There is no doubt that COVID-19 has taught us many lessons even as we continue to learn more about our vulnerabilities and strengths to the virus and other events like it. One lesson that the virus taught us is the need for philanthropy. It is quite encouraging to see Nigerians, big and small, in Nigeria and in the diaspora, come together to chip in with donations of various types, sizes and volumes, to make life at least bearable for those hit hardest by the virus, in terms of need.
It was a sight to behold, seeing mountains of bags of rice and other items being donated by Nigerians of different walks of life and location. While I applaud and express gratitude to those that gave, it is unfortunate, however, that it took the devastation of COVID-19 to awaken the philanthropic instincts in Nigerians.
Where have those instincts been when smart and clever Nigerians could not continue their education because they could not afford the tuition and other expenses that were required for their university education?
Where was the philanthropic instinct when your alma mater and other schools around you, went from a state-of-the-art school or edifice to a dilapidated structure, for lack of maintenance?
Where was the philanthropic instinct when the research grants in Nigerian universities ran dry and scientific and social research and discoveries could not be undertaken?
The list goes on and on.
A cue from America
One of the things that makes America what it is, in education, research and other areas of advancement is philanthropic giving by way of endowments. Most wealthy Americans like Bill Gates, Warren Buffets, the Rockefellers and a host of them have endowments in colleges and universities that enable those universities to grant scholarships to deserving and needy applicants as well as fund research and development. To them, generous giving and philanthropy is and has become a way of life rather than a thing that happens only in emergencies and pandemics.
Laws that encourage philanthropic giving
One thing that makes generous giving in America enticing and continuous is that their laws encourage and reward the giver. The US tax law, for example, allows taxpayers to get credits for charitable donations made to recognized charitable organizations (subject to some limitations). By that law, when you give, you are not only helping others, you are also helping yourself in terms of tax and financial management. It is an altruistic giving. In fact, IRC 170 of the US tax code allows individuals to deduct 60% of their adjusted gross income for charitable deductions but following COVID-19, the CARES Act allowed 100% deduction in 2020.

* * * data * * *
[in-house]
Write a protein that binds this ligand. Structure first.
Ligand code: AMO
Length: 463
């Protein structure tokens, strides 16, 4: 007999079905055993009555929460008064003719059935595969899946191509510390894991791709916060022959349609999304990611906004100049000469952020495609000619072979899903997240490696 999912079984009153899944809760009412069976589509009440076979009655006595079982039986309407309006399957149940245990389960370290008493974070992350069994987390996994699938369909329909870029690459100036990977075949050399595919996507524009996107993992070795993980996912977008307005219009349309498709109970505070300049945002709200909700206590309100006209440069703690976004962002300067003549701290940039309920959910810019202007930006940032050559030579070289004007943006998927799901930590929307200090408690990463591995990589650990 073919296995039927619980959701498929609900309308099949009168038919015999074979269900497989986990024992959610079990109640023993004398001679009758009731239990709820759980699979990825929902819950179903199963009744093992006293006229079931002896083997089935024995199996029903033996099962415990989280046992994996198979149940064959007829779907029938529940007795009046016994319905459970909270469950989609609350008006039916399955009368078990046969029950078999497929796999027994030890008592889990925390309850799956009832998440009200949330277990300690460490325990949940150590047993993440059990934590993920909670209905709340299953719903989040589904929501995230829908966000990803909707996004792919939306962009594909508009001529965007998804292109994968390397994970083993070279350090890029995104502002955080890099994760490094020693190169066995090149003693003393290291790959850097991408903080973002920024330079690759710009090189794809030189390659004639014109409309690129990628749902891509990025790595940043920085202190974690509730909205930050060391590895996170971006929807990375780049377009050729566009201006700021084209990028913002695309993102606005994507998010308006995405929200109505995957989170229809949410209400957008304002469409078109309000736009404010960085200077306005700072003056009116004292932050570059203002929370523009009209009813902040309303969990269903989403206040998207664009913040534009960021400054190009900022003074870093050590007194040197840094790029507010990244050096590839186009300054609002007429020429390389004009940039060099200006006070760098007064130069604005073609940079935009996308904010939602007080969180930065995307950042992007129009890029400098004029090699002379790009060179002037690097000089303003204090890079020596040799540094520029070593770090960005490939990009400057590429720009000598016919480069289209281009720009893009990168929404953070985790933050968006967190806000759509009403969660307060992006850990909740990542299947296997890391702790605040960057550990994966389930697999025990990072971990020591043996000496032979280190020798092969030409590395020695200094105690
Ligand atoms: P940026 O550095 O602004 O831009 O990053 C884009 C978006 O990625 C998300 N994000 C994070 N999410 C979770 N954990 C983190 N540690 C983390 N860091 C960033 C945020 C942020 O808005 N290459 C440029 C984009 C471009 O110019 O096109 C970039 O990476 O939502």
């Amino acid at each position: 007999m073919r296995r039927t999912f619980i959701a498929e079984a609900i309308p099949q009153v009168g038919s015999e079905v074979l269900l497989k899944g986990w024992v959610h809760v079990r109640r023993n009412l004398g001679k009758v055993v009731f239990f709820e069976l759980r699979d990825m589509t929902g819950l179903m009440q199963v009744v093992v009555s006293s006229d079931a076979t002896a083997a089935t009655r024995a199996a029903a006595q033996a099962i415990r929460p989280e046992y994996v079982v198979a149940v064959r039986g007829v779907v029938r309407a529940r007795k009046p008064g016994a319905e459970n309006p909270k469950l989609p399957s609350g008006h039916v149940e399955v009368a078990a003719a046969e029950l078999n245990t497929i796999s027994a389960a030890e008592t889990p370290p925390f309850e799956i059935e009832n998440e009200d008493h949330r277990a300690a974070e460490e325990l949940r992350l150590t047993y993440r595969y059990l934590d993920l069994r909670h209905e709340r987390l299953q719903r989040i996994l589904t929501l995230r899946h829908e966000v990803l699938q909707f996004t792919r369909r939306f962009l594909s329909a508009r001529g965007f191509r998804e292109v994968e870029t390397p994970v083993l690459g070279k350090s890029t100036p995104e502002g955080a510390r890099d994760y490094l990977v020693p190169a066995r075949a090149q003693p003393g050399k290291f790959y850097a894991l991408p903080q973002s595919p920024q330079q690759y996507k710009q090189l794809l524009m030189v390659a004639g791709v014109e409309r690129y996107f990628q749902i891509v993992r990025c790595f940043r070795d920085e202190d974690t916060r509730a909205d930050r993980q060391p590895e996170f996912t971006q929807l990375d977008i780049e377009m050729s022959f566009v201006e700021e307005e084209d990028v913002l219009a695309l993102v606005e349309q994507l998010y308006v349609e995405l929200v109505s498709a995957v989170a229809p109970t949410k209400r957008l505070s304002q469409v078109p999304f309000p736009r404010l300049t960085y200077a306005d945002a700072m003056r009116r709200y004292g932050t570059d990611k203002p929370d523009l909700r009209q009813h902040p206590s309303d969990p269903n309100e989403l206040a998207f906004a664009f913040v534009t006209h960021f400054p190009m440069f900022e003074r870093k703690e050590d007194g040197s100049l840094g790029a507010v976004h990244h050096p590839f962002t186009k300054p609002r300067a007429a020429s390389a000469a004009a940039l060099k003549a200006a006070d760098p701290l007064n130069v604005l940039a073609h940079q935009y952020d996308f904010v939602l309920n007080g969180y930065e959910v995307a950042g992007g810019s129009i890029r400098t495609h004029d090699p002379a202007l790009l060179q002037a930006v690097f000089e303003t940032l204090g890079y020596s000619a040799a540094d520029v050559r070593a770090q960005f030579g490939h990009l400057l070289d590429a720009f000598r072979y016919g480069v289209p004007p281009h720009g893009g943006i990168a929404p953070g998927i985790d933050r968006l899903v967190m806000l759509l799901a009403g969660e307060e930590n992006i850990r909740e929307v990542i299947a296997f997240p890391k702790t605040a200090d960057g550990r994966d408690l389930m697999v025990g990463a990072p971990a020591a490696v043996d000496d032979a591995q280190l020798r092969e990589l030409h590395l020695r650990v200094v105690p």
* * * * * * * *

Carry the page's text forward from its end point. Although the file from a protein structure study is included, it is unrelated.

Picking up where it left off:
What this means is that if your income is $100,000, you can decide to give the entire money away to charity and you will not pay any taxes on your income. On top of that, if you give more than the required amount, the tax law allows you to carry over the excess charitable contribution for the next 5 years. Could there be a better way to incentivize people and organizations to give? Probably not.
Those are the type of laws Nigerian lawmakers should focus their attention on, not how much they should get as car allowances etc.
Almost every year, the news goes out about one Nigerian or the other living in the US who gets accepted in Ivy League schools like Harvard, Yale, Columbia, Stanford, etc. The question is, how many Nigerian parents in the US can pay for education in such Ivy League schools? Yet their children go through such schools successfully, but how? Through scholarships funded with endowments. Endowments funded with contributions from generous Americans.
According to available data, Harvard University had the largest endowment in 2020 with $37,096,474,000 (yes, $37 billion), followed by Yale with $27,216,639,000, then Stanford, $24,784,943,000. The list goes on and on here. In comparison, how much do Nigerian universities have in their endowments? Now you see why that smart kid in America, whose parents cannot afford to send to the university ends up being a medical doctor or someone of value to the society and the same smart guy in Nigeria end up on the streets.
It is time that Nigerian celebrities, the Davidos of Nigeria, the Obi Cubanas of Nigeria and so many others like them, stopped exhibiting their cars and mansions and started funding university endowments.
Formations of philanthropic organisation
It is time for philanthropy to become a way of life in Nigeria rather than a thing that happens during pandemics and emergencies. One way to do that is through the formation of foundations and other philanthropic organizations. Happily, foundations are springing up in Nigeria, like the Tonto Dike Foundation, the Cuppy Foundation and others.
We all can chip in
Generous giving is not always a thing of the pocket; it is rather a thing of the heart. We all can chip in with our dimes and pennies or Naira and Kobo. That is how St. Jude Hospital does it in the US and makes sure that every child with cancer gets treated free of charge. It takes a monthly donation of $19 from each donor for St Jude to do it. There are many Nigerians with ailments requiring medical attention they cannot afford, but we, other Nigerians, can become the St. Jude Hospital for such people by donating as little as N5 monthly contributions. Small though, it will still go a long way.
If there is anything we learned from COVID-19, let it be that we are in this (world and indeed, Nigeria) together. We have a duty to our society, we need to start asking the question, “how can I help,” more often. The virus may be over soon but the need to give is not going anywhere, so keep giving and start giving if you have not been doing so.
It is good to bury a loved one in style but it is much better to leave a legacy when you leave. That legacy could be people saying after you have gone, if not for you, they would have not earned their degree or become cancer-free.